So, now that we have outlined a problem here, how is it fixed?

I’m not sure. There really is no Call to Action here. There’s no rally against consumerism; you’d just look crazy. I think the most important way to deal with the dark side of consumerism is to deal with it piece by piece. Address sweatshops, and than move on from there, for example.

The first step is knowledge, and, since you made it this far in my blog post, I can only assume you have left with a little more knowledge on the subject — which is good.

However, this is our last blog… which is bad. So, as I, the student must go off and forge new paths ahead, you, the reader must also do the same. You have done something to lead you to this blog, which is great. But it’s now your turn. Take it from here.

 

…NOW what?

Screenshot 2017-04-28 10.43.09Over the course of a semester, our class has learned plenty about wealth and income inequalities. We visited a homeless shelter and got to see just how people are impacted by poverty. We addressed the various subcultures that are impacted by certain policies such as red lining and pay gaps. We watched countless videos, read heart-wrenching articles about the plight of poverty, and listened to guest speakers address the situation from their own viewpoint.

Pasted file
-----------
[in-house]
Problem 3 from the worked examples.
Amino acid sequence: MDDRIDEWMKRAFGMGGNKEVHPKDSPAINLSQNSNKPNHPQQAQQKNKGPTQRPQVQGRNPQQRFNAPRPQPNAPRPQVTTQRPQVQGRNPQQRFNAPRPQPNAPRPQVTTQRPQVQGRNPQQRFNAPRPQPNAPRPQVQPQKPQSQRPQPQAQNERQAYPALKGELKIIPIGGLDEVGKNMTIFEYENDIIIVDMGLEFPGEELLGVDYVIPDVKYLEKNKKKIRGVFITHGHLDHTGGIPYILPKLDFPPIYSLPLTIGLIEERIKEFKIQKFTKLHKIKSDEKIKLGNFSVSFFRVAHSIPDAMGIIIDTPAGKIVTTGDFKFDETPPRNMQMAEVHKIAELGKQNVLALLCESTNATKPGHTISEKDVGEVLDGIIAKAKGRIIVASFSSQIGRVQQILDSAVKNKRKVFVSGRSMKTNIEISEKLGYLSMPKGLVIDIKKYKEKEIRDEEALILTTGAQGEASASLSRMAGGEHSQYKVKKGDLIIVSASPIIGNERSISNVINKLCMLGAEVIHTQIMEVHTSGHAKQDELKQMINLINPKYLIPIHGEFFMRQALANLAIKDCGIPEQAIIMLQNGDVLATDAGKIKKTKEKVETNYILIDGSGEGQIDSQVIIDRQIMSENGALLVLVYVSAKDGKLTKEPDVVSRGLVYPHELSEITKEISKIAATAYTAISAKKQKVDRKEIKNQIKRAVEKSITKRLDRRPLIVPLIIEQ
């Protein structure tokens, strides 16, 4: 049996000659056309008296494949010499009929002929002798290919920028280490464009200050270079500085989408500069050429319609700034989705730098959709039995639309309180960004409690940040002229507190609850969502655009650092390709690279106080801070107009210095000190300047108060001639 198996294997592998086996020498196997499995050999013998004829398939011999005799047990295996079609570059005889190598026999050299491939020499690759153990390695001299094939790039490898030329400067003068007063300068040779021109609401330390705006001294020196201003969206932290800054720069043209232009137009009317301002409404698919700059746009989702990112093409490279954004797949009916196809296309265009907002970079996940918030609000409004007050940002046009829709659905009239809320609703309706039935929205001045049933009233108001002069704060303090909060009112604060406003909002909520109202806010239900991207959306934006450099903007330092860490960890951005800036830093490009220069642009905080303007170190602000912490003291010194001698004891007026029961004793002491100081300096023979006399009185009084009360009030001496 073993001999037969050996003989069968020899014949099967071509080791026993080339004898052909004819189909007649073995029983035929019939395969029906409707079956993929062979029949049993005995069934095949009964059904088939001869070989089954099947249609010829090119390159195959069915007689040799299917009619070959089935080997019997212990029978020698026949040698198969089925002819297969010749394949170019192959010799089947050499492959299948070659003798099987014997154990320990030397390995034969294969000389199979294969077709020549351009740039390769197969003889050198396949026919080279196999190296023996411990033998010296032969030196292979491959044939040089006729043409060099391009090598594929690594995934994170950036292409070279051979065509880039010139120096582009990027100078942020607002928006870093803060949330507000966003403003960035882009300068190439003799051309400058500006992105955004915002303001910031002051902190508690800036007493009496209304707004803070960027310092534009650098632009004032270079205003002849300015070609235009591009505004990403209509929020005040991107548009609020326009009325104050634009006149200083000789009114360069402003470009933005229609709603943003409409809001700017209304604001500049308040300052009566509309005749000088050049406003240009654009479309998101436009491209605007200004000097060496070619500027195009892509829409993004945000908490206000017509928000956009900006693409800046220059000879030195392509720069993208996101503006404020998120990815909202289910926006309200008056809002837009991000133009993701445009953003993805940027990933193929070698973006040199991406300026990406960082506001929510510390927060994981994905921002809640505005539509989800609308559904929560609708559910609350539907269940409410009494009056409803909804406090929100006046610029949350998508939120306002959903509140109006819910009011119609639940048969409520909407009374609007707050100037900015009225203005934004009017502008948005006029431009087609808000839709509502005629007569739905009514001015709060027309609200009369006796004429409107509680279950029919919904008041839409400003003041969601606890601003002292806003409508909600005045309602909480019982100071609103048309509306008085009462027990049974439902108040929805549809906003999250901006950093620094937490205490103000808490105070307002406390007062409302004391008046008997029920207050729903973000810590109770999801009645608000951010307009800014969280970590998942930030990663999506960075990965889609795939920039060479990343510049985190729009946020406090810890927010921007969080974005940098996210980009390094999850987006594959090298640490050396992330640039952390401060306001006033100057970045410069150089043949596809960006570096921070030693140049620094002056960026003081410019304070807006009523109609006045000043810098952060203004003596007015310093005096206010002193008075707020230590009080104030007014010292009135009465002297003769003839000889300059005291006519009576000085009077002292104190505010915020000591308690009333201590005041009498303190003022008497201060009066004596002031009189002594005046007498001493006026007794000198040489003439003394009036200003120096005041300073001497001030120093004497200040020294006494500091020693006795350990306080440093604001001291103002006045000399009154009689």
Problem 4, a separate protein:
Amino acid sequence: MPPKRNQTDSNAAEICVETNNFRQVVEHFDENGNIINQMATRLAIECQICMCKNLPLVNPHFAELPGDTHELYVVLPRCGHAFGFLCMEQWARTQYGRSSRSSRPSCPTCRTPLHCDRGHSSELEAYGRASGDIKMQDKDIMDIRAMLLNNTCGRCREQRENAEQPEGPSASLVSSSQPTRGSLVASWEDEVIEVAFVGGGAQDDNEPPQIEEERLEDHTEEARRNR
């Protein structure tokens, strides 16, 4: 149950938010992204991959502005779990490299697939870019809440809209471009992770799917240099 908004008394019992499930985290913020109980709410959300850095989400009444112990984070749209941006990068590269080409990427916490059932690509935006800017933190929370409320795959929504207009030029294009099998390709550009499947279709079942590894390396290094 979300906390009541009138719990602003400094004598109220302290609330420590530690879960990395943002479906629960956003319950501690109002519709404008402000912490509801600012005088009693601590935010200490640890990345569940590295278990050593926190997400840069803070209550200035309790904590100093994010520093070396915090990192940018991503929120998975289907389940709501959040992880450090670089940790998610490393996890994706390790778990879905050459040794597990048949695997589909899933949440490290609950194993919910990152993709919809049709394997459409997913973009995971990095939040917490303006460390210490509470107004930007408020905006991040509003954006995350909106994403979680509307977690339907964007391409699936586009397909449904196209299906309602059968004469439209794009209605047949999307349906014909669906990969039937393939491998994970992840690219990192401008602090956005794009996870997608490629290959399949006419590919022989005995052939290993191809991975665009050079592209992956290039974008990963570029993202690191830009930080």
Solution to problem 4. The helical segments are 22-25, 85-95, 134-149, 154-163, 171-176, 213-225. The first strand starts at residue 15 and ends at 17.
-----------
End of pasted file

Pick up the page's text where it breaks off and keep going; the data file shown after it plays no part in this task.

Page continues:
But now what? There is now a moral responsibility on us to act upon what we have learned. We did not sit here learning about the atrocities that are occurring to turn a blind eye on the most vulnerable. After learning so much, how can you feel that there is not an issue that is amongst us?

Screenshot 2017-04-28 10.42.59So here’s my theory: if instead of sharing that Facebook post of participating in that lecture, go out and do good. I speak for myself, my classmates, and those of you reading this article. Whether you have been watching the news or reading our blog, it is well known that there are people in our communities that need help. Now is the time to do something and give back. Now is the time to act.